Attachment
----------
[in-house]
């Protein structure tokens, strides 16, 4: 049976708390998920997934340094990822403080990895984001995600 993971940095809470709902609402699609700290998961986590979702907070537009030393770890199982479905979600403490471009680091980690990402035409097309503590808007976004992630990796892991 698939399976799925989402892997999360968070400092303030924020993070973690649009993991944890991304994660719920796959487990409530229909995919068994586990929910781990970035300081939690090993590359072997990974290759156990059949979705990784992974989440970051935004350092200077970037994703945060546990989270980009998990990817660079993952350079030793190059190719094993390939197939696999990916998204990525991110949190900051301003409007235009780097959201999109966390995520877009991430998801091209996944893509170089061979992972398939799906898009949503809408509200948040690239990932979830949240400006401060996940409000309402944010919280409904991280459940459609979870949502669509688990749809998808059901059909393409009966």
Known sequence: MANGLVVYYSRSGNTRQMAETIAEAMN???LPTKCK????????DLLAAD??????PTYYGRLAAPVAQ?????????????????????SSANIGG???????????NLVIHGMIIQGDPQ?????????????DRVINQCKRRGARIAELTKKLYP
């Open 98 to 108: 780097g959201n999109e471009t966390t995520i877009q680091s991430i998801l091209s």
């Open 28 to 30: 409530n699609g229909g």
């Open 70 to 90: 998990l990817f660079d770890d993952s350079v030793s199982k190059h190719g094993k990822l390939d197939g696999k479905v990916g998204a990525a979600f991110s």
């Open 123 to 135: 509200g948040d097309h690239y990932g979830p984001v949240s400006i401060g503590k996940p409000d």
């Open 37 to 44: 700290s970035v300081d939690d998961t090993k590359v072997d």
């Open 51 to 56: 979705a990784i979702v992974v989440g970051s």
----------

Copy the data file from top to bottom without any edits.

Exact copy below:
[in-house]
């Protein structure tokens, strides 16, 4: 049976708390998920997934340094990822403080990895984001995600 993971940095809470709902609402699609700290998961986590979702907070537009030393770890199982479905979600403490471009680091980690990402035409097309503590808007976004992630990796892991 698939399976799925989402892997999360968070400092303030924020993070973690649009993991944890991304994660719920796959487990409530229909995919068994586990929910781990970035300081939690090993590359072997990974290759156990059949979705990784992974989440970051935004350092200077970037994703945060546990989270980009998990990817660079993952350079030793190059190719094993390939197939696999990916998204990525991110949190900051301003409007235009780097959201999109966390995520877009991430998801091209996944893509170089061979992972398939799906898009949503809408509200948040690239990932979830949240400006401060996940409000309402944010919280409904991280459940459609979870949502669509688990749809998808059901059909393409009966």
Known sequence: MANGLVVYYSRSGNTRQMAETIAEAMN???LPTKCK????????DLLAAD??????PTYYGRLAAPVAQ?????????????????????SSANIGG???????????NLVIHGMIIQGDPQ?????????????DRVINQCKRRGARIAELTKKLYP
């Open 98 to 108: 780097g959201n999109e471009t966390t995520i877009q680091s991430i998801l091209s």
């Open 28 to 30: 409530n699609g229909g």
């Open 70 to 90: 998990l990817f660079d770890d993952s350079v030793s199982k190059h190719g094993k990822l390939d197939g696999k479905v990916g998204a990525a979600f991110s």
């Open 123 to 135: 509200g948040d097309h690239y990932g979830p984001v949240s400006i401060g503590k996940p409000d």
């Open 37 to 44: 700290s970035v300081d939690d998961t090993k590359v072997d």
């Open 51 to 56: 979705a990784i979702v992974v989440g970051s």